Skip to main content
Advertising

Originally published Friday, March 7, 2014 at 5:12 PM

  • Share:
           
  • Comments (0)
  • Print

Robust job growth in February despite harsh weather

The U.S. economy created more jobs in February than in the previous two months, raising hopes that momentum in the labor market would pick up.


The Associated Press

Most Popular Comments
Hide / Show comments
No comments have been posted to this article.
Start the conversation >

advertising

WASHINGTON — Brutal winter weather snarled traffic, canceled flights and cut power to homes and factories in February. Yet it didn’t faze U.S. employers, who added 175,000 jobs, far more than the two previous months.

Modest but steady job growth has become a hallmark of a nearly 5-year-old economic rebound that remains sluggish yet strikingly resilient. The economy has been slowed by political gridlock, harsh weather and global crises. But those disruptions have not derailed growth.

Though the unemployment rate rose to 6.7 percent from a five-year low of 6.6 percent, it did so for an encouraging reason: More people began seeking work. The unemployment rate ticked up because most did not immediately find jobs.

Friday’s report from the Labor Department suggested that a long-hoped-for acceleration in growth and hiring still has not occurred. But that might not be all bad: Households have pared debt and avoided the excessive spending and borrowing that have undercut explosive economies in the past.

Total U.S. credit-card debt is still 14 percent lower than before the Great Recession began in December 2007, according to the Federal Reserve.

And moderate but consistent hiring still means more people have money to spend.

“A modest expansion may very well last longer than one that bursts out with big increases in spending and debt,” said David Berson, an economist at Nationwide Financial.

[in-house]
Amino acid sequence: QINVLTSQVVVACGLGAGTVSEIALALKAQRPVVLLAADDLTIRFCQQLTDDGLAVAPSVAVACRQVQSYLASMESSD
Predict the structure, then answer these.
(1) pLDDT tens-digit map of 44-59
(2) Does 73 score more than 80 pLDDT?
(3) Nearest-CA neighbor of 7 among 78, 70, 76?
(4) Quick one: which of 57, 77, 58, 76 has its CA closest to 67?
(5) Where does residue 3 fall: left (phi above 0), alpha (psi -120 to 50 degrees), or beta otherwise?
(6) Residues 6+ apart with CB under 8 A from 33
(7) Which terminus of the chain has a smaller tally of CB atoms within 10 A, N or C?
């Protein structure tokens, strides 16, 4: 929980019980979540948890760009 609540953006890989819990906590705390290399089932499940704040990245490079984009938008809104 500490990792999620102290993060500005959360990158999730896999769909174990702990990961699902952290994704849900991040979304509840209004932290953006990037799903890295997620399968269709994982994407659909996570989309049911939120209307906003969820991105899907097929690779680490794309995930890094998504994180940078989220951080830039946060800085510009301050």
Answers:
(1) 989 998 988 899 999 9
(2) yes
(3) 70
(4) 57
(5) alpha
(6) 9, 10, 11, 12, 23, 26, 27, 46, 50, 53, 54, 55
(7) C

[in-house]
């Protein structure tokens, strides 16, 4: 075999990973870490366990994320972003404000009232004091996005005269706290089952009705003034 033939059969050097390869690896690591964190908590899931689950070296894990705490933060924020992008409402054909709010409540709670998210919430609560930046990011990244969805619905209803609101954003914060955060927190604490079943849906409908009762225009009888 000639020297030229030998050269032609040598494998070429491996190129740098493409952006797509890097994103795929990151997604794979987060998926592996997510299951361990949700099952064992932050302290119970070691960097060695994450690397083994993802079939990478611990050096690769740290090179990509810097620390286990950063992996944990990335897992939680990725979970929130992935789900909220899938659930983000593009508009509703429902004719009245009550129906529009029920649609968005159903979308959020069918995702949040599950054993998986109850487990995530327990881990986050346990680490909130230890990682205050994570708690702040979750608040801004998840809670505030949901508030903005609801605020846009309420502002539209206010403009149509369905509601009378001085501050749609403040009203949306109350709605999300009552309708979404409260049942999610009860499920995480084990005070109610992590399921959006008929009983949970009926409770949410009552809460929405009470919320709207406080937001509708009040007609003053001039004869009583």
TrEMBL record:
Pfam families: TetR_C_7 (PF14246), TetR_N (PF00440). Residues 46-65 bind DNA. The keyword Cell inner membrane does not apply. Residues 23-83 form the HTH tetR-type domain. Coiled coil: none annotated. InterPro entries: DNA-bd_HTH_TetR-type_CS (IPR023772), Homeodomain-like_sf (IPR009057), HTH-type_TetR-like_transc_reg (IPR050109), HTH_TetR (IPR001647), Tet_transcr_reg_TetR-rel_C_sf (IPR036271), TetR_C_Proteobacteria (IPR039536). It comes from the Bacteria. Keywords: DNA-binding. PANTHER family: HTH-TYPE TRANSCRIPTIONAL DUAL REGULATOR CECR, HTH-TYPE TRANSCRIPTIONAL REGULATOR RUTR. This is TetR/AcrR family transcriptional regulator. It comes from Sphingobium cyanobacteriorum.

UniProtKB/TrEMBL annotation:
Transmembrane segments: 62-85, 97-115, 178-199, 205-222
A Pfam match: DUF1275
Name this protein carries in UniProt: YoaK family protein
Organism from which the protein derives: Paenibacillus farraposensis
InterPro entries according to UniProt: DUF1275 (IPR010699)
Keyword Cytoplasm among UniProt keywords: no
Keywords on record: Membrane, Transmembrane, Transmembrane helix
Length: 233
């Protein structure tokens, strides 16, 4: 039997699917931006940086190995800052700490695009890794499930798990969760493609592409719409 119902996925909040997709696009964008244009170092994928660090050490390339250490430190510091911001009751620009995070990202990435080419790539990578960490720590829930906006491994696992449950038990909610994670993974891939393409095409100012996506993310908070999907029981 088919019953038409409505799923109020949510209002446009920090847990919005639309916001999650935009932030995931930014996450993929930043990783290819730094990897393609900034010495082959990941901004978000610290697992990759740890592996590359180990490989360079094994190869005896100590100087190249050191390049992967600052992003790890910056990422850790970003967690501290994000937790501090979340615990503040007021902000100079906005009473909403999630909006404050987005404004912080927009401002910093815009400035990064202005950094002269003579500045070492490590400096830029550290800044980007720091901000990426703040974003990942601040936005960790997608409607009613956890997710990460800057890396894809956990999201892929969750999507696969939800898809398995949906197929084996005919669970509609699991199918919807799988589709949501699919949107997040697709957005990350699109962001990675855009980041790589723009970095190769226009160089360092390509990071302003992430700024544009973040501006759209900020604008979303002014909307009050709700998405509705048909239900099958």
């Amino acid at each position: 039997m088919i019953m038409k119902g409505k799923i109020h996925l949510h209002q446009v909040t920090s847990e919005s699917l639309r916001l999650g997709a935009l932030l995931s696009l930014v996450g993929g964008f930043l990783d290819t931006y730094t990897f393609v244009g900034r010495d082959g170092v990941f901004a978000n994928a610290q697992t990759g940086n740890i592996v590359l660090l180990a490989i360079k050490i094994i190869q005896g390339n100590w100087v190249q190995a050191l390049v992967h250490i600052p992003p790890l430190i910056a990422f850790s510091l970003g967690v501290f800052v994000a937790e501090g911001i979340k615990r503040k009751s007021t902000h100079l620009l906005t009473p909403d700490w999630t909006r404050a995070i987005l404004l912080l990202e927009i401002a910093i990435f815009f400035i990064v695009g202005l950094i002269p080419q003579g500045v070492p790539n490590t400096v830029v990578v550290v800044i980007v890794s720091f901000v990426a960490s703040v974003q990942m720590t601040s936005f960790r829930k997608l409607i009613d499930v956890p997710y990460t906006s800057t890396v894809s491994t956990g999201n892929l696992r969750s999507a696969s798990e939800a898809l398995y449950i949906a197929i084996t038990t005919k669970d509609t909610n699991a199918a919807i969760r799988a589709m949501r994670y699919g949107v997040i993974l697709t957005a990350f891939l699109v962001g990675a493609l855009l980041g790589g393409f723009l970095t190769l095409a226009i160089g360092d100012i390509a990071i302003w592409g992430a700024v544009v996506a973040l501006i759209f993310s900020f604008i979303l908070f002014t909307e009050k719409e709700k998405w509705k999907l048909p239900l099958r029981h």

Some economists also suggested that having endured harsh weather, the economy may be poised to pick up soon.

“If not for poor weather conditions, job growth would have been stronger,” said Michelle Meyer, an economist at Bank of America Merrill Lynch.

The figures were a welcome surprise after recent economic data showed that severe weather had closed factories, lowered auto sales and slowed home purchases. Along with a sharp increase in wages last month, the jobs report indicated confidence among some employers that consumer spending will increase in the near future.



Want unlimited access to seattletimes.com? Subscribe now!

News where, when and how you want it

Email Icon

Meet the winemakers

Meet the winemakers

View video interviews, conducted by The Seattle Times wine writer Andy Perdue, profiling five of our state's top winemakers.

Advertising

Advertising


Advertising
The Seattle Times

The door is closed, but it's not locked.

Take a minute to subscribe and continue to enjoy The Seattle Times for as little as 99 cents a week.

Subscription options ►

Already a subscriber?

We've got good news for you. Unlimited seattletimes.com content access is included with most subscriptions.

Subscriber login ►